Everyone else had left our Prince Avenue office. Looking out the window, I saw that the icy downpour had ebbed to a drizzle. I grabbed my coat, my briefcase and an umbrella. When I stepped outside, the chill drilled right through my overcoat, my clothes and my skin—straight to the bone.
Shivering inside the car, I flipped the toggle switch to heat the driver’s seat. While waiting for the engine to warm, I muttered, “What miserable weather.” Once out of the parking lot, I changed directions. Usually, I turned right. But that time, I wheeled left.
Waiting at the traffic light, I glanced up the hill. In the dark spot between the streetlights, I saw a shadow trudging up the steep sidewalk. Watching the slow-moving hulk, I rolled the heater’s thermostat higher. The red light flicked to green, and I started home.
At the next corner—on impulse—I turned right. And then two more rights. That’s when I saw the shadow, again. As the figure crept forward, I could see a stocking hat pulled over his ears. In an hour, the rain dripping from his salt-and-pepper beard would be icicles. I recognized the ebony Grizzly Adams-like figure, but I didn’t know his name.
Pulling alongside of him, I called out, “Are you hungry?” After a moment of studying me, a “yup” rumbled through his deep-bass vocal cords. “Me, too,” I said. “Let’s have supper over there. I’ll meet you at the Huddle House.” By the time I had parked, he was walking up.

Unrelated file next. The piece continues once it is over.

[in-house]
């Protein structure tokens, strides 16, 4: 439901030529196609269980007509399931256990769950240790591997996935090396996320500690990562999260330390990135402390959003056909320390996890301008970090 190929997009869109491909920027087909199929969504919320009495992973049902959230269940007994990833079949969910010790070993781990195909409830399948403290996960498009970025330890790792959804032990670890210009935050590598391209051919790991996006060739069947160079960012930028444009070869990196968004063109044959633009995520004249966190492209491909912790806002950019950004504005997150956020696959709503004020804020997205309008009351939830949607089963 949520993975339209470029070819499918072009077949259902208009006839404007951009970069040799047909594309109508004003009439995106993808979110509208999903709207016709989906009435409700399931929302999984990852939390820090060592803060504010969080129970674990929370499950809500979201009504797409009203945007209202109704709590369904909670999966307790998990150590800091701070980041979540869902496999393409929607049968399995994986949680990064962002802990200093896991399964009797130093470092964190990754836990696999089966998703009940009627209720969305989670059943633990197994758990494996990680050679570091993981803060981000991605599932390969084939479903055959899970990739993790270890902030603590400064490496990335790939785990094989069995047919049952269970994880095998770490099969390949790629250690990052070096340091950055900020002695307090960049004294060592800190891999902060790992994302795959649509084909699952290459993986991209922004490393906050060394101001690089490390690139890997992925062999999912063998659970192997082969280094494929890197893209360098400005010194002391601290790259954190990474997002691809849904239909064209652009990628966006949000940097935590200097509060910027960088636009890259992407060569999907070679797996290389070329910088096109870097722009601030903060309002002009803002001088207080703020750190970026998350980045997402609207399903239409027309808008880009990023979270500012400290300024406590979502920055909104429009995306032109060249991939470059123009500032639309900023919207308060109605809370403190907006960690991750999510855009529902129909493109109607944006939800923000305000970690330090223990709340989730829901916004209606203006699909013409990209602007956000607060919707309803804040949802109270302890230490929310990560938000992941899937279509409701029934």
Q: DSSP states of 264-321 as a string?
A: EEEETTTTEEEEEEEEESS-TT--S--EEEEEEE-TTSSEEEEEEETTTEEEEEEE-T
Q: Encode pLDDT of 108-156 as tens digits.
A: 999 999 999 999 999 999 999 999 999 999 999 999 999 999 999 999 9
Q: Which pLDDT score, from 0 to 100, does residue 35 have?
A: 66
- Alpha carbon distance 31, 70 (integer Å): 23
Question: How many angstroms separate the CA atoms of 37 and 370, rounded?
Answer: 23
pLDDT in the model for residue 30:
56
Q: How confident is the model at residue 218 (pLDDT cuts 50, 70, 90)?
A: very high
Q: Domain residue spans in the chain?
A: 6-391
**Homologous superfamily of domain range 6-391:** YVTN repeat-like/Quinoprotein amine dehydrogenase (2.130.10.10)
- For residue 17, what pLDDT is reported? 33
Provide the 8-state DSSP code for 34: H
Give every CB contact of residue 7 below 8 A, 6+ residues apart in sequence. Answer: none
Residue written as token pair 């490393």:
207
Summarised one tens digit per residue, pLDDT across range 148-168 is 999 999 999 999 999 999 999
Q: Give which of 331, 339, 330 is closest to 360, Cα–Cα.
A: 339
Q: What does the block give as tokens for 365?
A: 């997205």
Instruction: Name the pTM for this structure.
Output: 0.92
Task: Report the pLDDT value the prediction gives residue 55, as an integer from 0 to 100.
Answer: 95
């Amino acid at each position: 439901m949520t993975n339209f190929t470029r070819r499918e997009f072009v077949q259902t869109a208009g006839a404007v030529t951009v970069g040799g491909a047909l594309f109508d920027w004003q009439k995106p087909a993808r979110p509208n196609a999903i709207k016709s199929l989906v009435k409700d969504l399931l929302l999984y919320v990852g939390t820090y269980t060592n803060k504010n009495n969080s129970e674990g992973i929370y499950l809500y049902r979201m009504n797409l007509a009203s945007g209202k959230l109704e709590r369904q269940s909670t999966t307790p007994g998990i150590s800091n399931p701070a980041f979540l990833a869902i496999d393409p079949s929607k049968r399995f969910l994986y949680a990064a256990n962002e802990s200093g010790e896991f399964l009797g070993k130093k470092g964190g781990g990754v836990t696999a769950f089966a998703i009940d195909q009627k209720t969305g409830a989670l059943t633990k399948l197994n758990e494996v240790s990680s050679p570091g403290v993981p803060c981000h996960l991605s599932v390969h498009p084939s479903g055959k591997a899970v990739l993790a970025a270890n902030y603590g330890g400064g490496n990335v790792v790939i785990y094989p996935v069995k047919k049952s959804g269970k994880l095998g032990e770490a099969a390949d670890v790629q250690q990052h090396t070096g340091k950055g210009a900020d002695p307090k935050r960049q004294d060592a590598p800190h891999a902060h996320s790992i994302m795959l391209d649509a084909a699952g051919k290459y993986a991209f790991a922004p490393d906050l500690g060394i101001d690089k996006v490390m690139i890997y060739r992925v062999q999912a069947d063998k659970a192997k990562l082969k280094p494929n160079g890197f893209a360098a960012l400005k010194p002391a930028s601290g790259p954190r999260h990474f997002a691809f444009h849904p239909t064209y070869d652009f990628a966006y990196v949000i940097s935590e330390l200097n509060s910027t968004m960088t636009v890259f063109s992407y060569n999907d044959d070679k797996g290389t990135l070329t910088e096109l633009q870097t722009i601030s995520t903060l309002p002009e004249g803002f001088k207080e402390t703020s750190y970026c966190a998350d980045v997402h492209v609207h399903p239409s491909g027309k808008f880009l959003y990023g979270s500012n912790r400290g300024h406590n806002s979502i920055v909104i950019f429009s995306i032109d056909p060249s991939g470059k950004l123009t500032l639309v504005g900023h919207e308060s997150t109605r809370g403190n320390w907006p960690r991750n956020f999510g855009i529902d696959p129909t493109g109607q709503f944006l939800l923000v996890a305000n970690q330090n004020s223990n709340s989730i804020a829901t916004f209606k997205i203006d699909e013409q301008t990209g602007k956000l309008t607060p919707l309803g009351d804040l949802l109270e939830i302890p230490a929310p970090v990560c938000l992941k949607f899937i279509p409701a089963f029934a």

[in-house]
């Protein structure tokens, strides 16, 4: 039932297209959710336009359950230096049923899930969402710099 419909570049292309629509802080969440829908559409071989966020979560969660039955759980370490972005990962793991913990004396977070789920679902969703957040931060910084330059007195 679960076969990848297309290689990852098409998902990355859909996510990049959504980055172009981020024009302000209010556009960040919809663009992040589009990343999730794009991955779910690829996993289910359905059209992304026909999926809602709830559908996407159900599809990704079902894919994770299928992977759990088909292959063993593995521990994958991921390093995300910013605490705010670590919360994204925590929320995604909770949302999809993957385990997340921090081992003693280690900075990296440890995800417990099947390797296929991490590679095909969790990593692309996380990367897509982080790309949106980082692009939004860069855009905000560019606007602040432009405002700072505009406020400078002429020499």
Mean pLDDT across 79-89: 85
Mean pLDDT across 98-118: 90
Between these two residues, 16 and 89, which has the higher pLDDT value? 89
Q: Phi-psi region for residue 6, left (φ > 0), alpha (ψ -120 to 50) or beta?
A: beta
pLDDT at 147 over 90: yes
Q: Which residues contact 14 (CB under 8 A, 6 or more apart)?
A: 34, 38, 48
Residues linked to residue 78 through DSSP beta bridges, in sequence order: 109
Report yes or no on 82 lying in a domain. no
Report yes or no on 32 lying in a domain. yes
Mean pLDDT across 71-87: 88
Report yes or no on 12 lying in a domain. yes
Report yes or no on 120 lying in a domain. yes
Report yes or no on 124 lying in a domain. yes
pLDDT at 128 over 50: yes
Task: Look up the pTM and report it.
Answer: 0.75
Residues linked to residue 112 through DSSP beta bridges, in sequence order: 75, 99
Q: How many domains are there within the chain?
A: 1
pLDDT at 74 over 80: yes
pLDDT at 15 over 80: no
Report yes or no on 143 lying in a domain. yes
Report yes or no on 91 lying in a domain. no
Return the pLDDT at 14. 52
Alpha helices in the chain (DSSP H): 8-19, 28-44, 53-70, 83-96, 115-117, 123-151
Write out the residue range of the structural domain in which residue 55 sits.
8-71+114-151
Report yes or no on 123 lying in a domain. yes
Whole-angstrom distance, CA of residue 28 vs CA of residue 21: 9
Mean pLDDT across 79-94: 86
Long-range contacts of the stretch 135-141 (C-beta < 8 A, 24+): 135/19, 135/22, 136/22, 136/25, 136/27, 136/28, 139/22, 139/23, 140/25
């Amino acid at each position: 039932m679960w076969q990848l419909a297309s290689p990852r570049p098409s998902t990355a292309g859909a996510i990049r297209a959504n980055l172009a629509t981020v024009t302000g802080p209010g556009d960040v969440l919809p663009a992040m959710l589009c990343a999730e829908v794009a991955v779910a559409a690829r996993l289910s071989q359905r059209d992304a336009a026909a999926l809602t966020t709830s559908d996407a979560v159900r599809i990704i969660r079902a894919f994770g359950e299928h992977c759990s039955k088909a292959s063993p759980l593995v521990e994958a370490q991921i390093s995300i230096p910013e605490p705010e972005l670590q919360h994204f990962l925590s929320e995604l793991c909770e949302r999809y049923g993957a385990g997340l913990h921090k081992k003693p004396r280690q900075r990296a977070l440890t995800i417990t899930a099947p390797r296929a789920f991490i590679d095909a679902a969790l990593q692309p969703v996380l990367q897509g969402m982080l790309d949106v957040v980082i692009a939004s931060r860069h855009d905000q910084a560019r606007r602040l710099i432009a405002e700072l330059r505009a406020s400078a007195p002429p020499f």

I stuck out my hand and introduced
myself. “I’ve seen you in the
neighborhood for years,” I explained, “but I don’t know your name.” “Tommy,” he said. As we chatted, he gradually shifted his eyes to
look into mine. “Do you know Steamboat?” I asked. “Yup,” he said. Holding up two side-by-side
fingers, he said, “Boat and me are just like this.” Holding up two side-by-side
fingers, I said, “Good. Boat and me are just like this.” Steamboat did odd jobs in our office complex.
When we settled into our booth, I asked Tommy what he had had for breakfast. He shook his head. How about lunch? He shook his head, again. In between bites of a T-bone steak, two fried eggs, hashbrowns, grits, four pieces of toast and a glass of iced tea, Tommy told me his story. He had lived on the street for 17 years. His blanket and a few belongings were stowed in plastic trash bags in the bushes on a nearby vacant lot.
Tommy could tell I was distressed. He paused and flashed a gap-toothed grin, “I always look up, never down.” Glancing toward the Huddle House’s ceiling, his charcoal irises sparkled in a pair of bloodshot seas. “Do you know what’s tomorrow?” I asked. With an even bigger grin, he wiped the grits from his moustache and said, “Christmas.”
“How cold is it going to be tonight?” I asked. “Supposed to be in the 20s,” Tommy said. I urged him to sleep in the homeless shelter. He answered, “Already tried. Full.” “Well, Tommy,” I said, “I don’t think the motel over there is full.”
Pulling away from the Days Inn, 14 years ago, I cut off my car’s heater and slid the windows down. Covered with chill bumps, I drove home, reflecting on my chance encounter. Tommy is gone, but I don’t want to ever forget that I have a roof over my head and a warm bed.
Not just on Christmas Eve, but every night.